|Doroshenko, IY |
|Dopov. Nac. akad. nauk Ukr. 2020, 1:49-53|
Synthetic calcium hydroxyapatite Ca10(PO4)6(OH)2 is very similar to the main mineral component of the hard tissues of living organisms. Thus, it is actively used in innovative medicine as a filler for artificial bones, for the manufacture of implants, in dentistry, etc. Mostly, such objects are in the aqueous environment, and small clusters of water have recently been discovered inside nanostructured calcium hydroxyapatite. Since the presence of water can significantly affect physical and chemical properties of minerals, information on the interaction of nanostructured calcium hydroxyapatite with water molecules can be useful from a practical point of view. Luminescence spectra of two different samples of calcium hydroxyapatite were studied under Xray excitation at temperatures 295 K and 85 K. At room temperature (295 K), an Xray luminescence band was registered for both samples with a maximum at about 550 nm. At a low temperature (85 K), the spectra of the first and second samples differ significantly from each other. The spectrum of the first sample contains a band with a maximum at 550 nm, but with a higher intensity than that at room temperature. In the spectrum of the second sample, another wide band appears in the range 300500 nm, which was absent at room temperature. This difference can be explained by the different degrees of hydration of the samples — in the first sample, a large number of incorporated water molecules can be present acting as quenching centers of Xray luminescence. In the second sample, there are fewer water molecules (and/or hydroxyl groups). Therefore, two bands are recorded in the spectrum. For the second sample, it was possible to register phosphorescence and thermally stimulated luminescence after the Xray irradiation at 85 K.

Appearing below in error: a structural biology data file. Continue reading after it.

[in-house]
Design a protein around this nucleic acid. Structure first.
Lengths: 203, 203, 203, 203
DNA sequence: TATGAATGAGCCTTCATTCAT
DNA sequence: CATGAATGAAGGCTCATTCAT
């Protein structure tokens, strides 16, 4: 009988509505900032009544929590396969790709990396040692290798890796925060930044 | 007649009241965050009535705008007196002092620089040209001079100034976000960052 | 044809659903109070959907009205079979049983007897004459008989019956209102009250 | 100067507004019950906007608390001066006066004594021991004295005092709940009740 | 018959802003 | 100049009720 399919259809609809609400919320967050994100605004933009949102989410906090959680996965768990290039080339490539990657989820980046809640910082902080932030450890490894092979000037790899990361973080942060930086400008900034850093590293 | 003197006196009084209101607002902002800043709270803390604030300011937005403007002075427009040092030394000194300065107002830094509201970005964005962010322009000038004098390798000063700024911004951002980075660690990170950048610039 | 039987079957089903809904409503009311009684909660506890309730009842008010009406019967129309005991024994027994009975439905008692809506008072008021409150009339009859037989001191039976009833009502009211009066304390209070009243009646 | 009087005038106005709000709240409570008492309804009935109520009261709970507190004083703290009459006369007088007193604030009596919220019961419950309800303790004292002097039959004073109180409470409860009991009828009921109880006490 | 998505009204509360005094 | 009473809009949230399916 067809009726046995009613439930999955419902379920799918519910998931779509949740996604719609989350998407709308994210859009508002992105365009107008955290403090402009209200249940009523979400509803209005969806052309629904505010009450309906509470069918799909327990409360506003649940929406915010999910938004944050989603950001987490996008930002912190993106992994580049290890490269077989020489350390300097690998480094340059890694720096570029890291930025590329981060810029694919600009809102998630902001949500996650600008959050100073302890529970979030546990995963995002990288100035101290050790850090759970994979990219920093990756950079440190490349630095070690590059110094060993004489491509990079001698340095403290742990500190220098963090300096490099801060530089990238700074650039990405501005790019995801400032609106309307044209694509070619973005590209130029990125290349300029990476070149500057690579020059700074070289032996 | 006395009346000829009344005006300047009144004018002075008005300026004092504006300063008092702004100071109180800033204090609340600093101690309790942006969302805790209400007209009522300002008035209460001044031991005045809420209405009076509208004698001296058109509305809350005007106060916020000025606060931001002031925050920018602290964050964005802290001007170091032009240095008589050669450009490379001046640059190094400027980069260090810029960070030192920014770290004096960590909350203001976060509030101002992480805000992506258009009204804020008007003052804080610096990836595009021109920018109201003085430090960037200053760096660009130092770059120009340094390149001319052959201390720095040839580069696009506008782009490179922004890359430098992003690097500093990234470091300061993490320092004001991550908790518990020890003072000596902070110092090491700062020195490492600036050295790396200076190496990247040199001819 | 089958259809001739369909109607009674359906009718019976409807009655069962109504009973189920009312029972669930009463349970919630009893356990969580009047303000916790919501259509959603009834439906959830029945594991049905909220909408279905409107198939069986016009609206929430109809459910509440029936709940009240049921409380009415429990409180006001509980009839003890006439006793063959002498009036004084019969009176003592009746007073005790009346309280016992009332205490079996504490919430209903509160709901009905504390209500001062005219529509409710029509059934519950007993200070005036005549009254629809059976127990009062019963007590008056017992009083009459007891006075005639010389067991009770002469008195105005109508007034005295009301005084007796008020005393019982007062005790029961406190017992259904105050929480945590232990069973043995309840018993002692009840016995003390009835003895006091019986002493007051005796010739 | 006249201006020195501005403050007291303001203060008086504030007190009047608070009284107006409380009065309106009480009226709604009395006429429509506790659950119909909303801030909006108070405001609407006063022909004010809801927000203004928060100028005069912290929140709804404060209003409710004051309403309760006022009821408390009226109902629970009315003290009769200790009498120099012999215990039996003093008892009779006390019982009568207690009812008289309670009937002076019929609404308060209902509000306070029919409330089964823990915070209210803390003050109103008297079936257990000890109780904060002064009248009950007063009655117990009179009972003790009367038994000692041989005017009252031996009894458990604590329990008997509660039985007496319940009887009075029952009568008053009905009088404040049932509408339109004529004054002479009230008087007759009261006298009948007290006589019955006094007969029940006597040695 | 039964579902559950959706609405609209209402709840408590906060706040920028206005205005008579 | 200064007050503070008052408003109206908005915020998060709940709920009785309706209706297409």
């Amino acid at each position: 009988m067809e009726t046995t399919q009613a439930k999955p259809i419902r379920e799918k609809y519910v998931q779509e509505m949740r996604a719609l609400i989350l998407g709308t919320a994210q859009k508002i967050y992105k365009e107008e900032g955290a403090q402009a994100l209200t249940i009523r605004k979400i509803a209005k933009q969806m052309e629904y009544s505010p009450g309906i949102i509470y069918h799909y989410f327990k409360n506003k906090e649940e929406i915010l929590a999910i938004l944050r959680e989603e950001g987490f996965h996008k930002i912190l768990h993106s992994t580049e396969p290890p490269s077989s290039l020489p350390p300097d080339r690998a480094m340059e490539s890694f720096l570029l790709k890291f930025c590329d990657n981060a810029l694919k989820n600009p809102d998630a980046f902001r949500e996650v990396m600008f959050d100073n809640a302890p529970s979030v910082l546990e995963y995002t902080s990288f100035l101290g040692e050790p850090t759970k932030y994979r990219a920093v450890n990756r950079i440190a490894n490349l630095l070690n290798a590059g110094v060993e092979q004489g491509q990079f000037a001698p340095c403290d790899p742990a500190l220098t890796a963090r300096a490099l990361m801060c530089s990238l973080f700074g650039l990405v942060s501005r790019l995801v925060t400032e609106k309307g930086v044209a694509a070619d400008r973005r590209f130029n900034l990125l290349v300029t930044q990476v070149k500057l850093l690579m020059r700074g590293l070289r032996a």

|Keywords: calcium hydroxyapatite, luminescence, spectroscopy, Xray irradiation|
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